SPI conference sheds light on Zika

SOUTH PADRE ISLAND — When Cameron County Health Authority’s Dr. James Castillo stood up yesterday to speak at a Zika conference on South Padre Island, there was at least one expectation in the audience he would be asked a question that would stump him.

Castillo did not miss a beat, even when asked about specific circumstances.

“Some questions were about people who wanted to purposefully get infected so that if they planned on becoming pregnant in the future, they’ve already had it, a sort of old-fashioned way about getting chicken pox,” Castillo said. “I was able to address why that would be a bad idea.”

One reason would be because of the rare but serious side effects of Zika, such as Guillain-Barre syndrome, an autoimmune disease affecting the nervous system.

Another would be because the person becomes another source of transmission for the virus.

The participants were people from a variety of backgrounds — physicians, public health officials, public information officers, vector control staff and even some city officials.

“It was great to see so many people from other states and other parts of Texas to share what we learned in responding to the virus in our community,” Castillo said.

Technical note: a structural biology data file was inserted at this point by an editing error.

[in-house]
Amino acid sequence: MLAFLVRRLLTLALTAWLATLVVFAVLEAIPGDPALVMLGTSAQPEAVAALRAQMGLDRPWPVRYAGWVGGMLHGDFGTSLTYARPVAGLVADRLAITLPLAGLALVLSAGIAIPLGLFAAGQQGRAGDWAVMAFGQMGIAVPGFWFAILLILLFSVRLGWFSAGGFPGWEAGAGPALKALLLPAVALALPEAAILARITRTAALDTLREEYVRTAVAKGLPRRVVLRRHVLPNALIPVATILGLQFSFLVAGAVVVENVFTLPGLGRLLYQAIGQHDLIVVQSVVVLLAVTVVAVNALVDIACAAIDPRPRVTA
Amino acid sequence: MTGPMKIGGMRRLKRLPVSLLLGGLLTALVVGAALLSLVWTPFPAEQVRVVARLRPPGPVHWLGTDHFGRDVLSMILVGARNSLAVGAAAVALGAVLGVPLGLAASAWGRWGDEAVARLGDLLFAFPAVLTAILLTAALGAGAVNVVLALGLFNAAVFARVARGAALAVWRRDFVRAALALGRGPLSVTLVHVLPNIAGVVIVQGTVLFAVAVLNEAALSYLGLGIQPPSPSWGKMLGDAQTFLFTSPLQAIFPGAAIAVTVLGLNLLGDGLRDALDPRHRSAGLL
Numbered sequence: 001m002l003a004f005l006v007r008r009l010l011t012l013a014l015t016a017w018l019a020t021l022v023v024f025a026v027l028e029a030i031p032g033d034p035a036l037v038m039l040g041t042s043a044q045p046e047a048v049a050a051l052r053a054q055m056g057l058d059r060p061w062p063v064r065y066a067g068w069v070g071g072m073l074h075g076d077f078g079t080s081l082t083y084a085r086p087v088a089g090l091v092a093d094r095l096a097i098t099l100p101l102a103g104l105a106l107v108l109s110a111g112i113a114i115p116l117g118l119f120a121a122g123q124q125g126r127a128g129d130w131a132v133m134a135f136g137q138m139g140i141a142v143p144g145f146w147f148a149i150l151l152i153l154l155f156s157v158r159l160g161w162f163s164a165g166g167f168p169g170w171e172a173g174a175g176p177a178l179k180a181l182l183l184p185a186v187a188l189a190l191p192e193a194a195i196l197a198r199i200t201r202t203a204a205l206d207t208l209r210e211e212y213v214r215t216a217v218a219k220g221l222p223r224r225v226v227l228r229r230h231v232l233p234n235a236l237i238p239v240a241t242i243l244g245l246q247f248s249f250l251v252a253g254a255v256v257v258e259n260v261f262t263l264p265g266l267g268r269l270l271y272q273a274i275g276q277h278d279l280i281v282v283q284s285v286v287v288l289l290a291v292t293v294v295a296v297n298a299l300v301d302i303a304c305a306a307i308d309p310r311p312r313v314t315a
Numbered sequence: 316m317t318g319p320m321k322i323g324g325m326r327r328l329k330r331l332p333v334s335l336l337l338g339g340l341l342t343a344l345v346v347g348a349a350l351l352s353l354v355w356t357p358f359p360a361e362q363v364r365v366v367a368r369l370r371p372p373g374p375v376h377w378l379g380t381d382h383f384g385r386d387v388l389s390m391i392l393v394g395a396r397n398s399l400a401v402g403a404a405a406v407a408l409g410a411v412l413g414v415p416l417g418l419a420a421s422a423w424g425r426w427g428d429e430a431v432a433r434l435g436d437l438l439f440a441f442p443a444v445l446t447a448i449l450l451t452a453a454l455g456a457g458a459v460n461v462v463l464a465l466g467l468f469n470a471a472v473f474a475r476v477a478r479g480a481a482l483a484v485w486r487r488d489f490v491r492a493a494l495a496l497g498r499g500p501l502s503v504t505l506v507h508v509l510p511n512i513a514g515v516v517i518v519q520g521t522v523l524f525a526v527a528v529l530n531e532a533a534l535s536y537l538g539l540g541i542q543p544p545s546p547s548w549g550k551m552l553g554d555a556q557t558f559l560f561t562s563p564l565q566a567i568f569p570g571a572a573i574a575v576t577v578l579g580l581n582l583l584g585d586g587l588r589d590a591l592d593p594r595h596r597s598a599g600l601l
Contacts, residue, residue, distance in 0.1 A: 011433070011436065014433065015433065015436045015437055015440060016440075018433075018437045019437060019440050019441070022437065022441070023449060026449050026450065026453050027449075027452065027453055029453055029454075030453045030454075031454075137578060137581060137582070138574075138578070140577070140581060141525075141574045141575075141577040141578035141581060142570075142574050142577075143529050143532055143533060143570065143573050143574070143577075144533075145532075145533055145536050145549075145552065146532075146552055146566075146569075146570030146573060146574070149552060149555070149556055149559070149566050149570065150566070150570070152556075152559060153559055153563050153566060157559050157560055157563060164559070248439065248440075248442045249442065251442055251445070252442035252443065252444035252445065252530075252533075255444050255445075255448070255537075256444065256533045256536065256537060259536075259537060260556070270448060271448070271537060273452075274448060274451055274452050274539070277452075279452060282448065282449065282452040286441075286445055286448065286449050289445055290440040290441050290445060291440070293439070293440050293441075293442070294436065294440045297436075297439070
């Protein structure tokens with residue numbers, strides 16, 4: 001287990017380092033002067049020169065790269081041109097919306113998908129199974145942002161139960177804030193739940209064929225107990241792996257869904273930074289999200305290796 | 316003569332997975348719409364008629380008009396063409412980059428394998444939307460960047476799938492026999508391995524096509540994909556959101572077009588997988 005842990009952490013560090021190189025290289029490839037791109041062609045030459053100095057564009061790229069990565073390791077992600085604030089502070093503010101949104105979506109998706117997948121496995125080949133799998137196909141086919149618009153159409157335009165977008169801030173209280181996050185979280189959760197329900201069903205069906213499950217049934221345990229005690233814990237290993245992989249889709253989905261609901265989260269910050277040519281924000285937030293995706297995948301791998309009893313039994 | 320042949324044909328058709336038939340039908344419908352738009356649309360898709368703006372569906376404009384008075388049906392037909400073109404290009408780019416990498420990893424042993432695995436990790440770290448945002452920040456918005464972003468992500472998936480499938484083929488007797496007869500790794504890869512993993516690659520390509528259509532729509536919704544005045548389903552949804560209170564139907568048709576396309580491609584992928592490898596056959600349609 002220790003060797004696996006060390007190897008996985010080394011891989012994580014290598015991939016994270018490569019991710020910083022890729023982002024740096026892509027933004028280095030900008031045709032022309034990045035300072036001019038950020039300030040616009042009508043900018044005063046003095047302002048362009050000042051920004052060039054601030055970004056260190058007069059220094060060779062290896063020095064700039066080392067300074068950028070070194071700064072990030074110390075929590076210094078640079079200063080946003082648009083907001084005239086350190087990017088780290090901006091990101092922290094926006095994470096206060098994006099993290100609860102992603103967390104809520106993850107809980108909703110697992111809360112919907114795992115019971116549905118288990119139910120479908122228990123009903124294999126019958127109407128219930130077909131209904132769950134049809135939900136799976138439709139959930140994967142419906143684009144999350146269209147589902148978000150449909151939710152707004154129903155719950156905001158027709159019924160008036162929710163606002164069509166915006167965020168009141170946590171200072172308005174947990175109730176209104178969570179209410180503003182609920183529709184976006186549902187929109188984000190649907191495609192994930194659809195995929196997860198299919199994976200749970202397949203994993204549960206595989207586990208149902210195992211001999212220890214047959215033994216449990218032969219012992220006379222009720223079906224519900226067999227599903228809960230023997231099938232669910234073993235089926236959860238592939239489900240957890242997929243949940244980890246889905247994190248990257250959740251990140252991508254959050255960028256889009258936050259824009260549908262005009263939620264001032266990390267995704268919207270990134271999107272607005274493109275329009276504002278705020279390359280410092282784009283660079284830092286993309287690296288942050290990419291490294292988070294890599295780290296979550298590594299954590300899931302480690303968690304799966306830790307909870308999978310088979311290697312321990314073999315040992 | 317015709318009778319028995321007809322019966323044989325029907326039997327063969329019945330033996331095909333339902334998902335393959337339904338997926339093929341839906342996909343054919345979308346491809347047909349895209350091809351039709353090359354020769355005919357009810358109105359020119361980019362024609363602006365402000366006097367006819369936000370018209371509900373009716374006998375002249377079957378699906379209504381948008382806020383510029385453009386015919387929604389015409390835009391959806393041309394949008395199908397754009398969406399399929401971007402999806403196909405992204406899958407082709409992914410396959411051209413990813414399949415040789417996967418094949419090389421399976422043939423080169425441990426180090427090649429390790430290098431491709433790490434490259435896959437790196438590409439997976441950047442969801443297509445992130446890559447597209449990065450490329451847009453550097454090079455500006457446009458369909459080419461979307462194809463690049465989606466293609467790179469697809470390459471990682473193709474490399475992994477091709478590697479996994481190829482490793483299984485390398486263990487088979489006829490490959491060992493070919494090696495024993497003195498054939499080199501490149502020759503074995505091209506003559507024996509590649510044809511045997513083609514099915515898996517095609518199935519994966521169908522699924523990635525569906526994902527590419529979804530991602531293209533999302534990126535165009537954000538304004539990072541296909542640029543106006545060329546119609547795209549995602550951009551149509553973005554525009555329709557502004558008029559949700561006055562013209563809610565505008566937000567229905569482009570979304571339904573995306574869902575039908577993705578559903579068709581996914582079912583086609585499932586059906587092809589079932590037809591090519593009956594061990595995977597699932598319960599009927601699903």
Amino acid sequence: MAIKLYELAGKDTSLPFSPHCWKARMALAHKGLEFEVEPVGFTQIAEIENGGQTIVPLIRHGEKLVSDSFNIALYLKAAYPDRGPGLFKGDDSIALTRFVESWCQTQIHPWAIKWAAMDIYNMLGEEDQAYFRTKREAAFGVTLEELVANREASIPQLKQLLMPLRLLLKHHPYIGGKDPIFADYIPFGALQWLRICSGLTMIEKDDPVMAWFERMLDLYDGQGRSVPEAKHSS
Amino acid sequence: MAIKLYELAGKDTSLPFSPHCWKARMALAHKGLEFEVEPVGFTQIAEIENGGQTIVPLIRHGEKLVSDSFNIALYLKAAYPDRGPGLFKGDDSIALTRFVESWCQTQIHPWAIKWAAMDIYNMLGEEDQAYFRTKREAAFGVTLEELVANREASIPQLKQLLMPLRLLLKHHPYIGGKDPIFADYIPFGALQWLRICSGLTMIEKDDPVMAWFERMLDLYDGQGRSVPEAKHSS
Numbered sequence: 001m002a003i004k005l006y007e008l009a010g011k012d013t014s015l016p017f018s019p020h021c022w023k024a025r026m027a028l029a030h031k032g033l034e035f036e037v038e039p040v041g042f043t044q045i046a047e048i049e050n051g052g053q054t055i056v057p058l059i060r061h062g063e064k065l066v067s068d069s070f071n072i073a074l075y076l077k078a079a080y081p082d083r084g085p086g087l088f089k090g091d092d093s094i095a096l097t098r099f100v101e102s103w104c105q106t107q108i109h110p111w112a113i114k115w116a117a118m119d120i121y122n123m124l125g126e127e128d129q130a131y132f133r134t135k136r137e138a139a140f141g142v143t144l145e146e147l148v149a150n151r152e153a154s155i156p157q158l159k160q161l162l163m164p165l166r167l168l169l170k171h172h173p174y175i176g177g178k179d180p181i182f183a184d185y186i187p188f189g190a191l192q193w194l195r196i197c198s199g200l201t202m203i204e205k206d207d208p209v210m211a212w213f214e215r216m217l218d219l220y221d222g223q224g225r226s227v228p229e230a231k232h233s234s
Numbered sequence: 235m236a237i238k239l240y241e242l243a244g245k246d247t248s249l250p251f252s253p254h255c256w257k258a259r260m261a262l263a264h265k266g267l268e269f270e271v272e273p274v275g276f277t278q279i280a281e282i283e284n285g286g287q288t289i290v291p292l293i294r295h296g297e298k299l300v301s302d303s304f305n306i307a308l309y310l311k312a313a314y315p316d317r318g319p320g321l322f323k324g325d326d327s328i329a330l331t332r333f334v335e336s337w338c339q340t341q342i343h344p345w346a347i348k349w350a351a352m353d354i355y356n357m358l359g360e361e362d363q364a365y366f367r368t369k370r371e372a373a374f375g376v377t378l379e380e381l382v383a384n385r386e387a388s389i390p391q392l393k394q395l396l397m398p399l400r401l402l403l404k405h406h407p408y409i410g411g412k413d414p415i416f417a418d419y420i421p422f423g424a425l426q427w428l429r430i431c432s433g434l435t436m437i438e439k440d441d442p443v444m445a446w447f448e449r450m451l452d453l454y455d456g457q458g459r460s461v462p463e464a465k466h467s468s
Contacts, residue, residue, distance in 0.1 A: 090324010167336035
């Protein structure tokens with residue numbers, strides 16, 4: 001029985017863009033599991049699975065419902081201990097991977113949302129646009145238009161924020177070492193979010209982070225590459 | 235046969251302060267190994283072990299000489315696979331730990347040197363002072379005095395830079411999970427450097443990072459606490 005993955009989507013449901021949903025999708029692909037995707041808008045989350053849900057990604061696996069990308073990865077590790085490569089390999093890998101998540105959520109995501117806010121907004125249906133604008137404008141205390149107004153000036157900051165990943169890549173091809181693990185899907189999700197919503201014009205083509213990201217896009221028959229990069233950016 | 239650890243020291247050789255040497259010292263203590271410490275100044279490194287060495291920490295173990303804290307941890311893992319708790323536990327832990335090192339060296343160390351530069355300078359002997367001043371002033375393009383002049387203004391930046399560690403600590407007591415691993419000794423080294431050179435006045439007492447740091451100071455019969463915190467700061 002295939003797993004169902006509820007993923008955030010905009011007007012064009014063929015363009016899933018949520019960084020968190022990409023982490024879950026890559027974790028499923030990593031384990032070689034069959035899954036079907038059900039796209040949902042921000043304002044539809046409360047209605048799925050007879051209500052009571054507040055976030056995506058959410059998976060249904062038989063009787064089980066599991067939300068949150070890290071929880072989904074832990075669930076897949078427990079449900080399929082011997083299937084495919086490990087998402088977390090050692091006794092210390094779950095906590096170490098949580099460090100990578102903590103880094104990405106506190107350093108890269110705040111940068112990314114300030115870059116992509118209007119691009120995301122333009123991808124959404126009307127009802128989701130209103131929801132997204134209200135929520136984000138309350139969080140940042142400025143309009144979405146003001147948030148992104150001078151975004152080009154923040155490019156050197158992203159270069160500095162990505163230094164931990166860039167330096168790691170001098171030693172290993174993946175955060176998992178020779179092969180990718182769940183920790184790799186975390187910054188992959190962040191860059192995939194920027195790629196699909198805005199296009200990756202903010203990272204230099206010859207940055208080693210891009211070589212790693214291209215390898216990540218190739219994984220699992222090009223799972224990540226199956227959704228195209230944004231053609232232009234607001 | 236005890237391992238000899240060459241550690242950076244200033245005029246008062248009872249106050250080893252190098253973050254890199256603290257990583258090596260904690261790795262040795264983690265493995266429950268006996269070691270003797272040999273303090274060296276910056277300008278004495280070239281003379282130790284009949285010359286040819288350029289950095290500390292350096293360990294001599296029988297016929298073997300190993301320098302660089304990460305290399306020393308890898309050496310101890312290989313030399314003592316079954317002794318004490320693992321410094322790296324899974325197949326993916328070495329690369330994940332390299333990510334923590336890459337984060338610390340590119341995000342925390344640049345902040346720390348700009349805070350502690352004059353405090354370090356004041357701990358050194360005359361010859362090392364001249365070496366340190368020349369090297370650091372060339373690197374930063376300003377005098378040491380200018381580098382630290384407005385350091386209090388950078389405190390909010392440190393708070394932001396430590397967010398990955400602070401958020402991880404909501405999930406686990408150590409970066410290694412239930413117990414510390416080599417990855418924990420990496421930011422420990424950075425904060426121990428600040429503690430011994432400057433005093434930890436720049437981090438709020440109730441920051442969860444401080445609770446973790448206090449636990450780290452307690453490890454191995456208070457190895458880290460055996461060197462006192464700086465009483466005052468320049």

El Paso educator Lelia Onsurez shared her thoughts about the role of educators during a panel discussion on the virus.

“When it comes to adversity, schools are the first contact with a lot of parents and their children,” Onsurez said. “The problem begins with us and it ends with us.”

Onsurez was referring to educating students on how the virus can be sexually transmitted, and so by educating them on the risks, they can avoid getting the disease.

Sex education can be a touchy issue, but every Zika scenario involved needs to be discussed to prevent it, Health Administrator Esmeralda Guajardo said.

That includes keeping up to date on the newest information about the virus.

Research is showing that in some pregnant women, the virus can continue to be present in their blood for months. Initially, it was believed that the virus would stay no longer than a few weeks.

“This really changes (the importance of) how you get the infection. Not being able to pin down when you got it is challenging,” Castillo said.

This new development has not changed recommendations for couples planning to start a family.

“I would like to see that but … what you would tell them is that they have a low risk of acquiring Zika, and there are lots of things you can do to protect from getting Zika,” Castillo said. “Zika is something you can actually manage and is very similar to taking folic acid to reduce the chance of birth defects.”

Preventative measures include avoiding travel to a high-risk area, wearing long-sleeve clothing and a mosquito repellant, and using protection during sex.

A vaccine also is in the works. Testing should be conducted soon, and although nobody can be sure it will work, researchers are optimistic, Castillo said.

This is because the Zika virus is similar to other viruses spread by mosquitoes, such as dengue and yellow fever.

At the end of the conference, Guajardo encouraged her peers to indicate in their feedback whether they would want more public health conferences.

“As a health director, I think it would be a good idea to have a conference for any public health crisis, so that we could learn from the people out in the field and examine those thoughts and experiences,” Guajardo said.